Published on 05/17/17

Cotton yields not impacted by decreased irrigation during the early season

By Julia Rodriguez

Decreasing irrigation for cotton crops during the early season may not affect yields and could save growers more than 54,000 gallons of water per acre, according to University of Georgia researchers.

John Snider, UGA Cooperative Extension cotton physiologist, conducted research trials to determine early-season, sensor-based irrigation thresholds for cotton crops. He tried to determine the minimum amount of water a young cotton plant required without affecting the crop’s yield.

For two years, Snider analyzed the impact of dry early-season thresholds compared to wet early-season thresholds. The approach used to learn dry early-season thresholds produced the same yields compared to the wet early-season thresholds and reduced water used over the growing season by as much as 2 inches per acre.

“This (study) decreased irrigation water use and also minimized risks,” Snider said. “This further emphasizes the need for efficient irrigation scheduling and the effectiveness of remotely sensed, soil-moisture-based methods in limiting early-season irrigation without penalizing potential yields.”

Snider recommends that farmers use sensor-based irrigation scheduling to better monitor their irrigation applications. By limiting the amount of excess irrigation applied early in the growing season, a farmer saves water and reduces the energy costs paid to pump water to irrigate the cotton crop.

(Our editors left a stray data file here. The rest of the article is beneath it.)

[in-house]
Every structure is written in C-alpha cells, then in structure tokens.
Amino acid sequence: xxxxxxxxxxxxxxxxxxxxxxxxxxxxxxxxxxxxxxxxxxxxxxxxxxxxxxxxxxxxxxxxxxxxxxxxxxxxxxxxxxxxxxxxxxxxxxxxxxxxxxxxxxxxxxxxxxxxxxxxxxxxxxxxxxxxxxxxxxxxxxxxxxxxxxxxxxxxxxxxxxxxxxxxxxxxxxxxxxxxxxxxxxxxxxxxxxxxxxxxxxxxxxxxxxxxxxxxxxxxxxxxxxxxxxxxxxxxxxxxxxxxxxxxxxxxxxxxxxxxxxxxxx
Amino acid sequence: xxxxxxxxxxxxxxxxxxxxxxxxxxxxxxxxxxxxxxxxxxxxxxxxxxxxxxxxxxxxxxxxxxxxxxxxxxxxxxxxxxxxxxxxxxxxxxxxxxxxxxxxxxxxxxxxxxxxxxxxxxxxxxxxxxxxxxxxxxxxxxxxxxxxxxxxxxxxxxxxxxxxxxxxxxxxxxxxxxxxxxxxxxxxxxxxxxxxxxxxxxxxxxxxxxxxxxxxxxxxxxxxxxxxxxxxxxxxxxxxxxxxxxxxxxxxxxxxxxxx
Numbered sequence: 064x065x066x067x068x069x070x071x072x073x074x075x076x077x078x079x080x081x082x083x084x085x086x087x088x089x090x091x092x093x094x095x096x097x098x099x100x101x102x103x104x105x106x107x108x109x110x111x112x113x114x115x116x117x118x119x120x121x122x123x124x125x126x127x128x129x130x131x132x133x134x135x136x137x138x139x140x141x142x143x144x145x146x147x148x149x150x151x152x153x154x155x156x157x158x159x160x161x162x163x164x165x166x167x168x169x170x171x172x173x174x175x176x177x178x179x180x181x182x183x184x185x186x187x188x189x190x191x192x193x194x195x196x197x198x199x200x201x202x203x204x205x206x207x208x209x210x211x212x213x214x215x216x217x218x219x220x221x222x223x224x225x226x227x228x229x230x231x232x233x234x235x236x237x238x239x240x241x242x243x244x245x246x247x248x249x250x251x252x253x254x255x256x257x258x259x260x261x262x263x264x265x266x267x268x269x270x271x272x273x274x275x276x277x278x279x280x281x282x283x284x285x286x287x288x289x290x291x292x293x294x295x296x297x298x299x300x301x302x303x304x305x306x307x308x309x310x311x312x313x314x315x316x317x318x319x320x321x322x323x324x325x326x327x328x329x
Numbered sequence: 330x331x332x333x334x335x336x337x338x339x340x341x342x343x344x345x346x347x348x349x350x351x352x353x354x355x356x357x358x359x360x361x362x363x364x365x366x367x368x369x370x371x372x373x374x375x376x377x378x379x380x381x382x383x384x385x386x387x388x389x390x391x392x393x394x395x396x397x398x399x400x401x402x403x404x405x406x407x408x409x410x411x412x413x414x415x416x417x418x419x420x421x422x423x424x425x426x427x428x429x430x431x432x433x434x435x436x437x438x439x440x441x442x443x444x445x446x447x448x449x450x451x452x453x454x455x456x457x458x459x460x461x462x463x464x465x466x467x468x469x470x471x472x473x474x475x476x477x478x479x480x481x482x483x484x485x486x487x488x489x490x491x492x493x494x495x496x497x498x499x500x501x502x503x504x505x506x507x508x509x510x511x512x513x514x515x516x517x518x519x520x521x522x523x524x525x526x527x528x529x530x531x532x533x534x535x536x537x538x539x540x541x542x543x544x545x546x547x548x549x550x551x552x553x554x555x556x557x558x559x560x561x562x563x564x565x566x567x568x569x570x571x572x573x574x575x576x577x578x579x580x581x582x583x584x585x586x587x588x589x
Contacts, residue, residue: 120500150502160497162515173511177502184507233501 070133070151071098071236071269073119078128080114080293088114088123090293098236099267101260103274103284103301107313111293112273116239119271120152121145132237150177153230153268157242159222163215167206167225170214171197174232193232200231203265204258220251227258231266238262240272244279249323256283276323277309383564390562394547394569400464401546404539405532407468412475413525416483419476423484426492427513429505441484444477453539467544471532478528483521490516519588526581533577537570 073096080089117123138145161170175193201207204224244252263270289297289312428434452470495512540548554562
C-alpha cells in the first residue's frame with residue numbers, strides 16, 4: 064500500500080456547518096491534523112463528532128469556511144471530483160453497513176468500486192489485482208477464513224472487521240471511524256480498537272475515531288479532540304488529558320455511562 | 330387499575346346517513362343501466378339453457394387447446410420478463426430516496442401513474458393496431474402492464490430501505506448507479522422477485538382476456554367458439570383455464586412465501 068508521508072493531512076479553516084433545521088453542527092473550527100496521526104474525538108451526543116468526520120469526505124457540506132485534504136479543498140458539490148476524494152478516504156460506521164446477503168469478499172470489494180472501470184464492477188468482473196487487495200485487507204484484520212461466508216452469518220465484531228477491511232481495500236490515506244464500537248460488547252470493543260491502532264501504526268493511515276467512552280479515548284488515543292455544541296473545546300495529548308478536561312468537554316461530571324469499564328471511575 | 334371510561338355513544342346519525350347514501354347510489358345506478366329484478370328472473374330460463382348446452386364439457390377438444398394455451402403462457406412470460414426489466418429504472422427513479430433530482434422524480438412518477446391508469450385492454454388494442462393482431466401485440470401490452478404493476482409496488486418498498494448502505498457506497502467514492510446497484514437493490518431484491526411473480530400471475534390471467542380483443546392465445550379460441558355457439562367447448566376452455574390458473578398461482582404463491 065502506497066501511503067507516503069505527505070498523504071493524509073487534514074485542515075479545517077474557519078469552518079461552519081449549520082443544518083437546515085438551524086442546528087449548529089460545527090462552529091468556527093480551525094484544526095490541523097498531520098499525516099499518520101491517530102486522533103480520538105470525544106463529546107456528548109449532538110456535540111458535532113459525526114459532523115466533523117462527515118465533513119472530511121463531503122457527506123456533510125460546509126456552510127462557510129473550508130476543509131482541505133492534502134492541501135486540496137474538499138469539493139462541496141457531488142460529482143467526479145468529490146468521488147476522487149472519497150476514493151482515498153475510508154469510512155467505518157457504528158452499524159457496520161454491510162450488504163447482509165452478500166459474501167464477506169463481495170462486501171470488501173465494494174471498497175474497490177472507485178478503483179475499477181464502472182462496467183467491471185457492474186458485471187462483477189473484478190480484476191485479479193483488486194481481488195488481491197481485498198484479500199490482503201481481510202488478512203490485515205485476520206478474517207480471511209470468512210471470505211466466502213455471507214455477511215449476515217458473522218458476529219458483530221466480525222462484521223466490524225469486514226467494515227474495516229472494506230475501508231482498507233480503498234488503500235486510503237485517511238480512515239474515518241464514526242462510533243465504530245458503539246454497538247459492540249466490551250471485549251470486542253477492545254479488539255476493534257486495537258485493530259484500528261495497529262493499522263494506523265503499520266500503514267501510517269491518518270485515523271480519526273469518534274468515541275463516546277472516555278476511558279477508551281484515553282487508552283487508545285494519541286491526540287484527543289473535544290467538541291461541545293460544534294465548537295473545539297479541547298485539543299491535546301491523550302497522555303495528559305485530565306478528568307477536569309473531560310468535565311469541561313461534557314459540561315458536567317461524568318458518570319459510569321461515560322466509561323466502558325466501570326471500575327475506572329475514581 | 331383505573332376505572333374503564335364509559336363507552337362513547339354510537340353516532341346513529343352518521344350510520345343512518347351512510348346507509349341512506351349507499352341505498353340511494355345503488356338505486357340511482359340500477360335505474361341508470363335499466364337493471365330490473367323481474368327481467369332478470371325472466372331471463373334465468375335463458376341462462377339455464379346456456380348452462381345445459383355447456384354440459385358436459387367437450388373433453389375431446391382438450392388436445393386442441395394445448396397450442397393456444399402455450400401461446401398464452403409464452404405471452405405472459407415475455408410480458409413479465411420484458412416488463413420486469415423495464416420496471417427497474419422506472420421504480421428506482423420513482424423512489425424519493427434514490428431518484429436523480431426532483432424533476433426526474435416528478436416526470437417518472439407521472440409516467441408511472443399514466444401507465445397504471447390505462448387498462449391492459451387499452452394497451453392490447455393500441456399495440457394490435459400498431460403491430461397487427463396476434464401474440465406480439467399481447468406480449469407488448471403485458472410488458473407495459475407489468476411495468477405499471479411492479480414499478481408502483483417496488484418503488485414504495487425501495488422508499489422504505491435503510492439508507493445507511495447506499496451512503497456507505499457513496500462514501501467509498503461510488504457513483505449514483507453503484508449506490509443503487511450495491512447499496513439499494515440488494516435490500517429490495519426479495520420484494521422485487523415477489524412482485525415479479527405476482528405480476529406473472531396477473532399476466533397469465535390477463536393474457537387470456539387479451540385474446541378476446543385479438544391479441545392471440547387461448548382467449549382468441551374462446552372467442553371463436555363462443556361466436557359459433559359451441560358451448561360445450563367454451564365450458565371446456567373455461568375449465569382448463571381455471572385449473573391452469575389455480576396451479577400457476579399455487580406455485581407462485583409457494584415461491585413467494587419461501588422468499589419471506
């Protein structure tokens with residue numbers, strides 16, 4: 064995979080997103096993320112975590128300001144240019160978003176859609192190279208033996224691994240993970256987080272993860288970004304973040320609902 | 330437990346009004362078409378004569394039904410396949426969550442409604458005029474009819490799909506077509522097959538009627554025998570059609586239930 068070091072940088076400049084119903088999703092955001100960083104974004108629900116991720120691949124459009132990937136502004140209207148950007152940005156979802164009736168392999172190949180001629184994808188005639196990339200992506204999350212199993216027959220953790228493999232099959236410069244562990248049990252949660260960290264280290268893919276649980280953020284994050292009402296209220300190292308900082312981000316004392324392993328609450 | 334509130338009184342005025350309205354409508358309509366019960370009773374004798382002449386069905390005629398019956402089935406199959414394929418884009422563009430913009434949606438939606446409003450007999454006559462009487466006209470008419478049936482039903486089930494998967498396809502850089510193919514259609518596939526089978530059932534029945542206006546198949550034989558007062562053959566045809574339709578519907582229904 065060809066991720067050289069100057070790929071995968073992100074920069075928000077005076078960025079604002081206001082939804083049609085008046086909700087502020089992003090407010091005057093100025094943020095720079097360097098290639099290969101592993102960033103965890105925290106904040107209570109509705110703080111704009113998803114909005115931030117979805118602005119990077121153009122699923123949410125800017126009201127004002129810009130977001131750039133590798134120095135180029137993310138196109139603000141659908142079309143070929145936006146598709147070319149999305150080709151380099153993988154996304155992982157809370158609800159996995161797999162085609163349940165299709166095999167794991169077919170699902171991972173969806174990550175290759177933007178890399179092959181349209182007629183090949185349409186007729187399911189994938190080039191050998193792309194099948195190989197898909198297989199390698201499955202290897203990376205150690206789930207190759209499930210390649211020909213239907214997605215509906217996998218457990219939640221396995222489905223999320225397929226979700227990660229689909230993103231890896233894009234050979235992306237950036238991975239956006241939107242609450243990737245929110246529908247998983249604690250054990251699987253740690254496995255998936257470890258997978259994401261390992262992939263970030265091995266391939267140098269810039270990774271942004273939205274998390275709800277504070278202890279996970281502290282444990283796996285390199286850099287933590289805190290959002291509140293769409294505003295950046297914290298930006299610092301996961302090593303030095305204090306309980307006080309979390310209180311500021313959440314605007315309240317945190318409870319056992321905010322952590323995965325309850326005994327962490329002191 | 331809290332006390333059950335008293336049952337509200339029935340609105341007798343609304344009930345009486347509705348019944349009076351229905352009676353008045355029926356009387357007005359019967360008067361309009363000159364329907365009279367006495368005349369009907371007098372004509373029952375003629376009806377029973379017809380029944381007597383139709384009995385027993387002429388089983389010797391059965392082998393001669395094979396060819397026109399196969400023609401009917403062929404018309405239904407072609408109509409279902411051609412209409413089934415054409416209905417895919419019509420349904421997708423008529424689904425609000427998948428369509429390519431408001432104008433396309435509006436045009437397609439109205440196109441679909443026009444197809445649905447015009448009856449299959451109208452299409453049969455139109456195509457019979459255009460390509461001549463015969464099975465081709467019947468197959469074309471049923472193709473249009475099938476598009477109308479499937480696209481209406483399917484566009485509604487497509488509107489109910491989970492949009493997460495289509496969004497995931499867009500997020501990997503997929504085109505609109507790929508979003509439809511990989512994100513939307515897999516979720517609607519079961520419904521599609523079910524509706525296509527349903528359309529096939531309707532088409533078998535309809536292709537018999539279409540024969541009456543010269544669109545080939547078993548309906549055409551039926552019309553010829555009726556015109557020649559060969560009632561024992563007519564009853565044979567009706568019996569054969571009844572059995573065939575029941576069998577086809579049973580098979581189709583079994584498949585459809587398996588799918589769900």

Applying too much water to a cotton crop can cause the plants to produce excess vegetative growth. The plant then applies less energy to what is needed for fruit production, Snider said. Overwatering can also negatively impact the environment by increasing nutrient runoff and reducing stream flows.

Underwatering, however, slows the plant’s cell expansion. Even mild drought stress can result in a smaller plant with smaller leaves and decreased capacity for photosynthesis, which in turn means fewer carbohydrates to fuel growth and potentially fewer fruiting sites on the plant, Snider said.

It’s a delicate balance, and soil moisture sensors let farmers know when their cotton is in drought stress and needs water.

“Without a doubt, especially during these hot, dry conditions that our cotton plants are growing in, water is a resource these plants can ill afford to do without. As the growing season moves into the summer and if the dry conditions continue, those water requirements become even more important,” Snider said. “I just want our farmers to also be mindful of the risks associated with applying too much water.”

For more information about Georgia cotton production, see

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